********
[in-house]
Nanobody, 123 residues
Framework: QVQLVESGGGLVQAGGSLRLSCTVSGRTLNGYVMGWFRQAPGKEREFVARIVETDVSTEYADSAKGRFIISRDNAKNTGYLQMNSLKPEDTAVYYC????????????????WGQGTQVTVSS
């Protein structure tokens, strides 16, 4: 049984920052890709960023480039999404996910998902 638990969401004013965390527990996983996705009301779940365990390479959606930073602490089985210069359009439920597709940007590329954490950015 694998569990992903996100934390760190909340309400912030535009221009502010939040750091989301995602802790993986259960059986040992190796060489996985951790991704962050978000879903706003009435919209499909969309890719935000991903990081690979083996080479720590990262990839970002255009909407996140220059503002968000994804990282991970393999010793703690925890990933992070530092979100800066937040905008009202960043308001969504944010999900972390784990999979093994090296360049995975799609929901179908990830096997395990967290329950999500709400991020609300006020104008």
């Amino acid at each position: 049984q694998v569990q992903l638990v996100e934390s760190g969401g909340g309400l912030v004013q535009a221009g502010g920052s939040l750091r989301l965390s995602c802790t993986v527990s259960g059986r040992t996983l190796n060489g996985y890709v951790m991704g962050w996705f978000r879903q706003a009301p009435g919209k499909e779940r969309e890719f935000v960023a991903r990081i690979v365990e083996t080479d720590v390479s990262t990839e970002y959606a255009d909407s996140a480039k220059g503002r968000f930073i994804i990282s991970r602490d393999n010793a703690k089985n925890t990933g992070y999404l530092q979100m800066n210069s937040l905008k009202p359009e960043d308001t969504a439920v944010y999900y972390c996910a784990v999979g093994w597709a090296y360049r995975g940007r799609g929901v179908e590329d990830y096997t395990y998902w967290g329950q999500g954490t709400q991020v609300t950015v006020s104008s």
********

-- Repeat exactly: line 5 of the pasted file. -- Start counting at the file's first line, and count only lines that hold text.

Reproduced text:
């Amino acid at each position: 049984q694998v569990q992903l638990v996100e934390s760190g969401g909340g309400l912030v004013q535009a221009g502010g920052s939040l750091r989301l965390s995602c802790t993986v527990s259960g059986r040992t996983l190796n060489g996985y890709v951790m991704g962050w996705f978000r879903q706003a009301p009435g919209k499909e779940r969309e890719f935000v960023a991903r990081i690979v365990e083996t080479d720590v390479s990262t990839e970002y959606a255009d909407s996140a480039k220059g503002r968000f930073i994804i990282s991970r602490d393999n010793a703690k089985n925890t990933g992070y999404l530092q979100m800066n210069s937040l905008k009202p359009e960043d308001t969504a439920v944010y999900y972390c996910a784990v999979g093994w597709a090296y360049r995975g940007r799609g929901v179908e590329d990830y096997t395990y998902w967290g329950q999500g954490t709400q991020v609300t950015v006020s104008s």